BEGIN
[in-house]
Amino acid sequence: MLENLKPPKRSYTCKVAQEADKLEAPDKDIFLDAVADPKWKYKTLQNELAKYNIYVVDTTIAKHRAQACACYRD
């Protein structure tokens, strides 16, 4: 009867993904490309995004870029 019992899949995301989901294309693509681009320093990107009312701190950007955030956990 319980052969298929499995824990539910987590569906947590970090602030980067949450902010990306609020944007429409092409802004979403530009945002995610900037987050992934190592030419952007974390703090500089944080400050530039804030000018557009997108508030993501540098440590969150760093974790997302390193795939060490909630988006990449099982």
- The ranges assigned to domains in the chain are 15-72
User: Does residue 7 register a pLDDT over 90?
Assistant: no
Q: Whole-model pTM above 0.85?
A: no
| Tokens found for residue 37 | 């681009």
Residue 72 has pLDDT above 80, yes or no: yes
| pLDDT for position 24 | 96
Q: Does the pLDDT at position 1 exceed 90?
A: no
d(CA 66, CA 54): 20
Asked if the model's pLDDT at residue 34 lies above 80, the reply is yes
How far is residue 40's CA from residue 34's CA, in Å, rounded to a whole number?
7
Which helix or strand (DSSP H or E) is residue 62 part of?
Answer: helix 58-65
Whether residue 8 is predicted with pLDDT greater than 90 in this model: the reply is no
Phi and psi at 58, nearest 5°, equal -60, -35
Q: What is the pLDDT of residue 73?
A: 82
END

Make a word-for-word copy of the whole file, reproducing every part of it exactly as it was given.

[in-house]
Amino acid sequence: MLENLKPPKRSYTCKVAQEADKLEAPDKDIFLDAVADPKWKYKTLQNELAKYNIYVVDTTIAKHRAQACACYRD
């Protein structure tokens, strides 16, 4: 009867993904490309995004870029 019992899949995301989901294309693509681009320093990107009312701190950007955030956990 319980052969298929499995824990539910987590569906947590970090602030980067949450902010990306609020944007429409092409802004979403530009945002995610900037987050992934190592030419952007974390703090500089944080400050530039804030000018557009997108508030993501540098440590969150760093974790997302390193795939060490909630988006990449099982």
- The ranges assigned to domains in the chain are 15-72
User: Does residue 7 register a pLDDT over 90?
Assistant: no
Q: Whole-model pTM above 0.85?
A: no
| Tokens found for residue 37 | 């681009």
Residue 72 has pLDDT above 80, yes or no: yes
| pLDDT for position 24 | 96
Q: Does the pLDDT at position 1 exceed 90?
A: no
d(CA 66, CA 54): 20
Asked if the model's pLDDT at residue 34 lies above 80, the reply is yes
How far is residue 40's CA from residue 34's CA, in Å, rounded to a whole number?
7
Which helix or strand (DSSP H or E) is residue 62 part of?
Answer: helix 58-65
Whether residue 8 is predicted with pLDDT greater than 90 in this model: the reply is no
Phi and psi at 58, nearest 5°, equal -60, -35
Q: What is the pLDDT of residue 73?
A: 82